I hear from homeowners all the time that they’d love to sell their house, but they have to update it first to make sure they get “top dollar.” This mindset not only increases anxiety but is also not necessarily true. Homeowners can find themselves in trouble when improving their home, because they focus on improving the wrong things that don’t pay off. When considering a remodeling project, you need to focus on projects that get the highest return on investment and adopt a cost-effective approach.
Data is your friend
There is a really cool report called the “Cost vs Value Report”, which looks at the cost of mid-range house projects compared to the resale price. The idea is to use this report to help figure out if it’s worth it to pursue a certain remodeling project.
To determine the cost of remodeling projects, data is collected from contractors throughout the country, then adjusted to account for your specific geography. Construction cost figures include labor, material, and subtrade expenses, plus industry-standard overhead and profit.
The resale value amounts for this report are gathered from real estate agents throughout the country via online surveys. The agents are given three-dimensional illustrations and project descriptions, plus construction costs and median home prices for each city. With that information, the realtors determine the resale value of the project. Now there is subjectivity here, but there were over 4,000 agents in this survey which gives me reassurance that these are fairly good estimates. At the very least, these projects can be compared to each other to determine which ones add the most value.
The chart below highlights some of the best and worst remodeling projects in terms of costs recouped.
“You never get a second chance to make a first impression”
You’ve heard this before and this data helps drive the point home—curb appeal matters. Three of the top four cost effective remodeling projects are related to curb appeal including front door, garage door, and manufactured stone veneer. Whether consciously or unconsciously, potential homebuyers associate the exterior condition and appeal to the interior condition. If you’re thinking about selling, start thinking critically about your curb appeal. Start practically by fixing anything broken, pressure washing your house, improving the quality of your lawn, pruning shrubs, freshening up mulch, planting colorful flowers, etc. If you want to step it up a notch, consider a new front door (at least painting it), new garage door, new mailbox, replacing rock with mulch (painful job but worth it), new house numbers, and painting your house. Even take into consideration getting feedback from a landscape designer.
Think twice about that new addition
The least value add projects tend to be the larger interior remodels. Always at the top of these lists are additions. They are expensive to build, and you’ll never recoup the costs. Keep in mind, I’m looking at things from a financial perspective. A remodeling project may still make sense for you if you really enjoy the improvement while living there, though you won’t recoup your entire investment when you sell.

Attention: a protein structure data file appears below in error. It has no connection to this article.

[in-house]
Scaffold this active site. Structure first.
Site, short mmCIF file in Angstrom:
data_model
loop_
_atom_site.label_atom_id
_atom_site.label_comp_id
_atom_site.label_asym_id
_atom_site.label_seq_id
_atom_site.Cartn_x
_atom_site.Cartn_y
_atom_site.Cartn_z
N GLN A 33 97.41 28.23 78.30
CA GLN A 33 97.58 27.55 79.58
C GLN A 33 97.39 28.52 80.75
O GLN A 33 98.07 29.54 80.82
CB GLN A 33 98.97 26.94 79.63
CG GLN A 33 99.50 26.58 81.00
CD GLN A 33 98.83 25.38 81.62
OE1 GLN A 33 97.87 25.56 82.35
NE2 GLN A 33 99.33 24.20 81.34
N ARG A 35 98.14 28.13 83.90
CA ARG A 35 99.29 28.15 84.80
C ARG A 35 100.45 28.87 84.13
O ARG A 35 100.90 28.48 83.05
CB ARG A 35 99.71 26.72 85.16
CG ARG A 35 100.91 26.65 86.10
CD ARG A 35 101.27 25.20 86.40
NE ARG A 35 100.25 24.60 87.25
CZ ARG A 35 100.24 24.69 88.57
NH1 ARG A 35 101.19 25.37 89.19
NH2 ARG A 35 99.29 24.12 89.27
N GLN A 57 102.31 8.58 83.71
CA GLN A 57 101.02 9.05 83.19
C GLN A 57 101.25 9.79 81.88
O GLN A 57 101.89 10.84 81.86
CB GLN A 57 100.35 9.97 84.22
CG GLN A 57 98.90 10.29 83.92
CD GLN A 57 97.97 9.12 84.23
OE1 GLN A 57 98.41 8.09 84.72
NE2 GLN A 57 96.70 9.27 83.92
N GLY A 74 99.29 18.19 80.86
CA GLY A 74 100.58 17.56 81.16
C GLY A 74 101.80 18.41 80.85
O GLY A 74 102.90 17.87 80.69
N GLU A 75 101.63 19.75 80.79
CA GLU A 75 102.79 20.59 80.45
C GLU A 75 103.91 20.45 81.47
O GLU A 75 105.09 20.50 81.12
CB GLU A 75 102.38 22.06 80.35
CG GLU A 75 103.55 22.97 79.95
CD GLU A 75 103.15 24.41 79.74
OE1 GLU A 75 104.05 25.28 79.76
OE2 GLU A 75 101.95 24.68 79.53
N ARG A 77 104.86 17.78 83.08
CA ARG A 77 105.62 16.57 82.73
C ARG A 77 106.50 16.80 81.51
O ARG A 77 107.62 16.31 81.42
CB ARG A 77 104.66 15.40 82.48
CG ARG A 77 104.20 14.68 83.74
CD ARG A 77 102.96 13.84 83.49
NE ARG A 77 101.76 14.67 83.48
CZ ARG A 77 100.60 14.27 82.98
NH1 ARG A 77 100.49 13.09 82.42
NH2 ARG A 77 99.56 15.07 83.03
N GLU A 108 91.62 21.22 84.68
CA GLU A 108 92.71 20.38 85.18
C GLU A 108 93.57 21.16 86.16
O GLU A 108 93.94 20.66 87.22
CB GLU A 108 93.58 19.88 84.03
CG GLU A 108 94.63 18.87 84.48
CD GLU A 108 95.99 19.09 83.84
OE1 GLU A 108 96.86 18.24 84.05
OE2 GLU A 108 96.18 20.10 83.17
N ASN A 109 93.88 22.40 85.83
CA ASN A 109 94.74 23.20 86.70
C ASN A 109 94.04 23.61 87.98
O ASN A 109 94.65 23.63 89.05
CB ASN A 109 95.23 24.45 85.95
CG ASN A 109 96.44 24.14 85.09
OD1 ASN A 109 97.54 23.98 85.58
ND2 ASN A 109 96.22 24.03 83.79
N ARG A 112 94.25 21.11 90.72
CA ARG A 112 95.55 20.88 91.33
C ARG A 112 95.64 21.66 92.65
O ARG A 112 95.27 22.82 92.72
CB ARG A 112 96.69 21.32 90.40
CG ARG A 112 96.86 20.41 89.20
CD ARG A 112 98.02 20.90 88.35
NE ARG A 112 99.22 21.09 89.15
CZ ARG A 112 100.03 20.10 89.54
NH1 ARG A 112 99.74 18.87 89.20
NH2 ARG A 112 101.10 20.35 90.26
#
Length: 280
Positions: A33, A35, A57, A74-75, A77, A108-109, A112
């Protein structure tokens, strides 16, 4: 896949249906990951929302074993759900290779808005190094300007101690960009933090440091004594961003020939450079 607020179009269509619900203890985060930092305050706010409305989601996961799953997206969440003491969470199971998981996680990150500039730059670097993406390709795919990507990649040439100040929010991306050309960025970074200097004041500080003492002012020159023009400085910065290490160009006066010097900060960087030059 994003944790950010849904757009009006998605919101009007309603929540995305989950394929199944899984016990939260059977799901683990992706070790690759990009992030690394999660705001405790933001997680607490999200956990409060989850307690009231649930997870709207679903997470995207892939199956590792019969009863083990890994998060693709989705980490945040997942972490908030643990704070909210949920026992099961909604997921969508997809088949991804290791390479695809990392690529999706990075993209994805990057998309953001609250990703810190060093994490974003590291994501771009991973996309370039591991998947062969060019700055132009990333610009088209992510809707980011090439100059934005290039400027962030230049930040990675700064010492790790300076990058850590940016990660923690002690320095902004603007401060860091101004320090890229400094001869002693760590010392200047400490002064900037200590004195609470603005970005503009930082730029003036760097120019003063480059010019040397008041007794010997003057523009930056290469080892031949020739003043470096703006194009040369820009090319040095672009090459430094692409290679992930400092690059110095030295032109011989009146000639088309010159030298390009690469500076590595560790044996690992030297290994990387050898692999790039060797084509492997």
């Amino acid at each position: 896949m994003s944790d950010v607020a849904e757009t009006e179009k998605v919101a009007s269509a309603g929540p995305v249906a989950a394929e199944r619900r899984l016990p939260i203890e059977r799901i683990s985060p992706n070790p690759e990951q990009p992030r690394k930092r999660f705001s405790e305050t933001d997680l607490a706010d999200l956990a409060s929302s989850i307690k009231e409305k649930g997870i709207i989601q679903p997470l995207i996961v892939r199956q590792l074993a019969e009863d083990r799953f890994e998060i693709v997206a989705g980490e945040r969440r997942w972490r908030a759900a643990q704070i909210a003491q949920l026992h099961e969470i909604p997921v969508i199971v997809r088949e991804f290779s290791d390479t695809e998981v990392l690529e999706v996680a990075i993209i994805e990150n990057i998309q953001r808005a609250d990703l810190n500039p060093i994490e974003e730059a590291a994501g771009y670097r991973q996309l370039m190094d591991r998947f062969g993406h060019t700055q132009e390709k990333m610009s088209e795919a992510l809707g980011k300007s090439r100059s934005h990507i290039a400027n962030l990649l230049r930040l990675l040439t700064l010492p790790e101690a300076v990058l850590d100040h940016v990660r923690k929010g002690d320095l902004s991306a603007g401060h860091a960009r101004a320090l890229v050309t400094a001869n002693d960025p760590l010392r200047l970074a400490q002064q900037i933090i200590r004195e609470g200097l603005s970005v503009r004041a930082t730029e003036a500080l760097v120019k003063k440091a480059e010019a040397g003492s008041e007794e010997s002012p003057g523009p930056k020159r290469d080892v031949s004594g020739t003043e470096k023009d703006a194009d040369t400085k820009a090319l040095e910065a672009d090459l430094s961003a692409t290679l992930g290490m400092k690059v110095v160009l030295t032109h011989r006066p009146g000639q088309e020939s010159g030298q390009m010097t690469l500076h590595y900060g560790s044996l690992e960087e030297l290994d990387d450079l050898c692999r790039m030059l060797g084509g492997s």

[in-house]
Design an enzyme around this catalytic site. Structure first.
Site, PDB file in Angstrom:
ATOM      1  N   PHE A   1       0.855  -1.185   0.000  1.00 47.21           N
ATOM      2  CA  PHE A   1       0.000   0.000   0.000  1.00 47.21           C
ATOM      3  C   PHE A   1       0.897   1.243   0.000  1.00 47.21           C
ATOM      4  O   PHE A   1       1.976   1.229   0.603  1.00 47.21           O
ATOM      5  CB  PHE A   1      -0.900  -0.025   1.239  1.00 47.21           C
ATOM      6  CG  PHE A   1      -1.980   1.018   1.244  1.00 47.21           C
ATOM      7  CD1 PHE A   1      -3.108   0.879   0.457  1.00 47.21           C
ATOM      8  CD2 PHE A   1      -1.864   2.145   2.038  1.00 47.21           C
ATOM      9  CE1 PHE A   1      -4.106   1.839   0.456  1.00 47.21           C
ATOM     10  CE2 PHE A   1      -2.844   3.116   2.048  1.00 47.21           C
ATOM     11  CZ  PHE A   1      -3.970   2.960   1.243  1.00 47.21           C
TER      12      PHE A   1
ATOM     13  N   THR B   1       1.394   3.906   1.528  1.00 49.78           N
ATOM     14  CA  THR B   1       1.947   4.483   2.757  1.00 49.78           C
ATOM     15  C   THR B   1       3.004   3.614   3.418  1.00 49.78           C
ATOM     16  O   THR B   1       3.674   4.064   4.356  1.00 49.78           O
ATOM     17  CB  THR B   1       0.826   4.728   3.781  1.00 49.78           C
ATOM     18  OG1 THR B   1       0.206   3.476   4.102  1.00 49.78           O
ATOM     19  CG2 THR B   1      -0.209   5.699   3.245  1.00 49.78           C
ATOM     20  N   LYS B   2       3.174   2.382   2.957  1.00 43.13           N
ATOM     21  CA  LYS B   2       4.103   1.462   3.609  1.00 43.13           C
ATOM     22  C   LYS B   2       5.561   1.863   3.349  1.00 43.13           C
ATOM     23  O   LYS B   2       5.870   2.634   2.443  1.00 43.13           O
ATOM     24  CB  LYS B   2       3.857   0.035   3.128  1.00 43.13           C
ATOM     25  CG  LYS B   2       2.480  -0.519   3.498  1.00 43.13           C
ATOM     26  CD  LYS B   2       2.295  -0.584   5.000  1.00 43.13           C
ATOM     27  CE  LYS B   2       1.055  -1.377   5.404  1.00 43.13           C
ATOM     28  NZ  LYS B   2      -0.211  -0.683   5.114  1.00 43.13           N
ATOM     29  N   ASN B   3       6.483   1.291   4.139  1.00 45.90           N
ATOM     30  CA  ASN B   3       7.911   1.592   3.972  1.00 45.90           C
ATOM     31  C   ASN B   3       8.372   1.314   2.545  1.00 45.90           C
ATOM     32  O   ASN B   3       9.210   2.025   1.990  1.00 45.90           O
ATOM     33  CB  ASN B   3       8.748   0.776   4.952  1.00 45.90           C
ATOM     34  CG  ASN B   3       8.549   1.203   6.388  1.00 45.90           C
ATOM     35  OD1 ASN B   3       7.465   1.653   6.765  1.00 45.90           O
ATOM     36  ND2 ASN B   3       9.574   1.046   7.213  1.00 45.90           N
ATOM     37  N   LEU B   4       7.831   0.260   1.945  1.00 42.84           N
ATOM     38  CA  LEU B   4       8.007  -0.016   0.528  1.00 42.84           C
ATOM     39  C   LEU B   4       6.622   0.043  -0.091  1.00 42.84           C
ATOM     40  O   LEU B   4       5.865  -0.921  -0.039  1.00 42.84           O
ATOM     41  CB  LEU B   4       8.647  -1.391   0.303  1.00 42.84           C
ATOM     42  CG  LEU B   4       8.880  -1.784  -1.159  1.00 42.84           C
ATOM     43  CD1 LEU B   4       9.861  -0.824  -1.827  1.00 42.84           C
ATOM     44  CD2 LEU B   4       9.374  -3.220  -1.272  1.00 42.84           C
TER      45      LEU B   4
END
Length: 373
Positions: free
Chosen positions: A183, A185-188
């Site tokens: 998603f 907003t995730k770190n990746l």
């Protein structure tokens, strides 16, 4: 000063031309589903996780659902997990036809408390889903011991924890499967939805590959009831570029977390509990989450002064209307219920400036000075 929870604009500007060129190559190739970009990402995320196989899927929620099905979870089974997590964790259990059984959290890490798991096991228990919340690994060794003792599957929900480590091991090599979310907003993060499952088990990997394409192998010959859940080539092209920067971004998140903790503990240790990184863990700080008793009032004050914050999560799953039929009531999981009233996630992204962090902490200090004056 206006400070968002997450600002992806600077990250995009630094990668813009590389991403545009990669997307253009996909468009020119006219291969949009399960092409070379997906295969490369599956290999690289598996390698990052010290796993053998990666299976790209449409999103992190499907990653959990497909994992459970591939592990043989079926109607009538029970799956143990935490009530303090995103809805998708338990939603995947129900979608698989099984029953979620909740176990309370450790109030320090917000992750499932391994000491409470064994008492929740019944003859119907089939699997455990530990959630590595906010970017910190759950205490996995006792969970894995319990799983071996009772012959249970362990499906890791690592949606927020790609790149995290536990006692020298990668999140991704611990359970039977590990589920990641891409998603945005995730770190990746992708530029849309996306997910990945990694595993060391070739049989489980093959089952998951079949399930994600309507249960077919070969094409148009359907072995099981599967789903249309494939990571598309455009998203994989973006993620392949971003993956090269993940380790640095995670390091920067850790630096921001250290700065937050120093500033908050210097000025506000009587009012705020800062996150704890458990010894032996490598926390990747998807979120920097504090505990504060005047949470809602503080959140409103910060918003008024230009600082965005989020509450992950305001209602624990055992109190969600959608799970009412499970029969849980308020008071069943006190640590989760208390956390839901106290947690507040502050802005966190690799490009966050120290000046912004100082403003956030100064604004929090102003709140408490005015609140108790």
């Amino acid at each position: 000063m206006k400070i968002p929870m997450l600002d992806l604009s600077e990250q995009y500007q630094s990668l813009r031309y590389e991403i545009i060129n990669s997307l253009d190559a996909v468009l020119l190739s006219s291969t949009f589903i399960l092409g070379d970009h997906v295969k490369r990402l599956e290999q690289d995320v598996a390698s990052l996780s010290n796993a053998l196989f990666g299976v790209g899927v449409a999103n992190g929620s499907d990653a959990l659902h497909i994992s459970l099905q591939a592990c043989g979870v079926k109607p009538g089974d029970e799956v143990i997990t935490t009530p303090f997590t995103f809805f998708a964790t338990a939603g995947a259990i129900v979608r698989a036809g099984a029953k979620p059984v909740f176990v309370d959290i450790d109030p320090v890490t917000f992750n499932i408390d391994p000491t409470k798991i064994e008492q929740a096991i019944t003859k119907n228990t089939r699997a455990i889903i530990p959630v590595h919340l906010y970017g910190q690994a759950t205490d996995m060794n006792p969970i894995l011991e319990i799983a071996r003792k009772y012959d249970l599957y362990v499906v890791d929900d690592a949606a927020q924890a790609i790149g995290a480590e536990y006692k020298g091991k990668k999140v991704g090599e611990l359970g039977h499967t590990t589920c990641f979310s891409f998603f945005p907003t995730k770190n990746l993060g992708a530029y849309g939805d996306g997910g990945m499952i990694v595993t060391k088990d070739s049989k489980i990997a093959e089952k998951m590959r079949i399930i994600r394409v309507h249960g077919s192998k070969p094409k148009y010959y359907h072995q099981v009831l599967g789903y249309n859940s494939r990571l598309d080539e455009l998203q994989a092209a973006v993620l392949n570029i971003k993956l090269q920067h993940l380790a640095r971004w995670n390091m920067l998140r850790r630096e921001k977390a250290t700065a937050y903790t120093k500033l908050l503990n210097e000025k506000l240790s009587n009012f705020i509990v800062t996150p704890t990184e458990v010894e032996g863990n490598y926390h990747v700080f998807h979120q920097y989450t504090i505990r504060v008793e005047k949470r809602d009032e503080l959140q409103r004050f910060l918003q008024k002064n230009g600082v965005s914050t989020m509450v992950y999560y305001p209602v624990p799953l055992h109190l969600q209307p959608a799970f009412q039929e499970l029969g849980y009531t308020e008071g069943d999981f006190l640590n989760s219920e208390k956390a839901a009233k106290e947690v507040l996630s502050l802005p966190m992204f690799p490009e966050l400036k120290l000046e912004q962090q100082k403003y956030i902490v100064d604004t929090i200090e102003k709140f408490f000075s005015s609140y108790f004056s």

The cost-effective approach
Remodeling purely for resale value usually doesn’t pay off financially, unless you have a cost-effective way of doing it. The good news is that it’s fairly easy to save a lot of money and increase your profits by focusing on reducing the cost of your labor and materials.
If you can do some of the work yourself, or hire an affordable handyman, there’s a good chance your remodeling project will pay off. One of the challenges is in finding a reputable handyman that can do affordable, high-quality work. It can take time and trial and error to find one, but a good handyman is invaluable and will actually make you money. Good resources for handymen are local realtors (of course first on the list), property managers, family and friends. I even venture out to Craigslist sometimes in search of retired contractors looking for part-time work. Some connections I’ve made have been awesome although others unreliable.
There are a ton of cheap yet high-quality materials available—you just have to look for them. A great resource I have in my area is the MN Home Outlet Store. “Home improvement heaven on earth,” as one fan put it best on their site. They specialize in overstock and returned items from larger home improvement stores for roughly half the cost. For my recent bathroom remodel I saved over 500 dollars between the tile, vanity, toilet, and hardware. Inventory tends to vary each week and it moves fast. You may not find everything you need there, but it’s a requirement to check out before you start your next project.
Make sure to also browse the Craigslist “materials” section. You’ll often find contractors selling high-quality excess building materials from their commercial projects, which may happen to be just what you need for your smaller house project.
Remodeling costs and values are often misunderstood, and there is a lot of misleading information out there. Homeowners have a tendency to overestimate resale values. When considering a project, take a few minutes and look through the entire Cost vs. Value report online. Use the resale values within the report to compare to your estimated costs for a particular project. If your estimated project costs are less than the potential value added, then there’s a good chance the project is worthwhile.
Hope this helps as you consider remodeling projects and potentially selling your home!